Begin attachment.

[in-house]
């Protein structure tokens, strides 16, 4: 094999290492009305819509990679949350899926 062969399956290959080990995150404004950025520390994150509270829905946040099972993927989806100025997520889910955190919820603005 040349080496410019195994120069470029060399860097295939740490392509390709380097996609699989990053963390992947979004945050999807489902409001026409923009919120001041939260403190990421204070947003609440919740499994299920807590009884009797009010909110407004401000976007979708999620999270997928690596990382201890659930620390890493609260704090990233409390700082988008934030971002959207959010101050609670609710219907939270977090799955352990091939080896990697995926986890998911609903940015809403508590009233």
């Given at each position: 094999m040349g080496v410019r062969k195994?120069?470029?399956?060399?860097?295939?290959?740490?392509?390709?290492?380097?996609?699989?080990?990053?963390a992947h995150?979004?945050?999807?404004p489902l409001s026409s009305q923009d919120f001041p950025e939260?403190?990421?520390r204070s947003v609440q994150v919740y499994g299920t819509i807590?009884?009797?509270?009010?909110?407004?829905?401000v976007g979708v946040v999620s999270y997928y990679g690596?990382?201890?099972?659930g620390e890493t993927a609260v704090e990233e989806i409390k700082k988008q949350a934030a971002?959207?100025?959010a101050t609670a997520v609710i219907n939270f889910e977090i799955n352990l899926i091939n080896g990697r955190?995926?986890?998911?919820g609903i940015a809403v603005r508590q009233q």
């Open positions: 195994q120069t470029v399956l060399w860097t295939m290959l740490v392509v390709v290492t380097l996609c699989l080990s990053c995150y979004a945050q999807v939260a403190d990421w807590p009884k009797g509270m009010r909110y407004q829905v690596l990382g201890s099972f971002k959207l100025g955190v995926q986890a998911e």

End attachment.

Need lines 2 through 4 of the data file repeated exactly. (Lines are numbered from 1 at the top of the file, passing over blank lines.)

């Protein structure tokens, strides 16, 4: 094999290492009305819509990679949350899926 062969399956290959080990995150404004950025520390994150509270829905946040099972993927989806100025997520889910955190919820603005 040349080496410019195994120069470029060399860097295939740490392509390709380097996609699989990053963390992947979004945050999807489902409001026409923009919120001041939260403190990421204070947003609440919740499994299920807590009884009797009010909110407004401000976007979708999620999270997928690596990382201890659930620390890493609260704090990233409390700082988008934030971002959207959010101050609670609710219907939270977090799955352990091939080896990697995926986890998911609903940015809403508590009233």
């Given at each position: 094999m040349g080496v410019r062969k195994?120069?470029?399956?060399?860097?295939?290959?740490?392509?390709?290492?380097?996609?699989?080990?990053?963390a992947h995150?979004?945050?999807?404004p489902l409001s026409s009305q923009d919120f001041p950025e939260?403190?990421?520390r204070s947003v609440q994150v919740y499994g299920t819509i807590?009884?009797?509270?009010?909110?407004?829905?401000v976007g979708v946040v999620s999270y997928y990679g690596?990382?201890?099972?659930g620390e890493t993927a609260v704090e990233e989806i409390k700082k988008q949350a934030a971002?959207?100025?959010a101050t609670a997520v609710i219907n939270f889910e977090i799955n352990l899926i091939n080896g990697r955190?995926?986890?998911?919820g609903i940015a809403v603005r508590q009233q």
């Open positions: 195994q120069t470029v399956l060399w860097t295939m290959l740490v392509v390709v290492t380097l996609c699989l080990s990053c995150y979004a945050q999807v939260a403190d990421w807590p009884k009797g509270m009010r909110y407004q829905v690596l990382g201890s099972f971002k959207l100025g955190v995926q986890a998911e």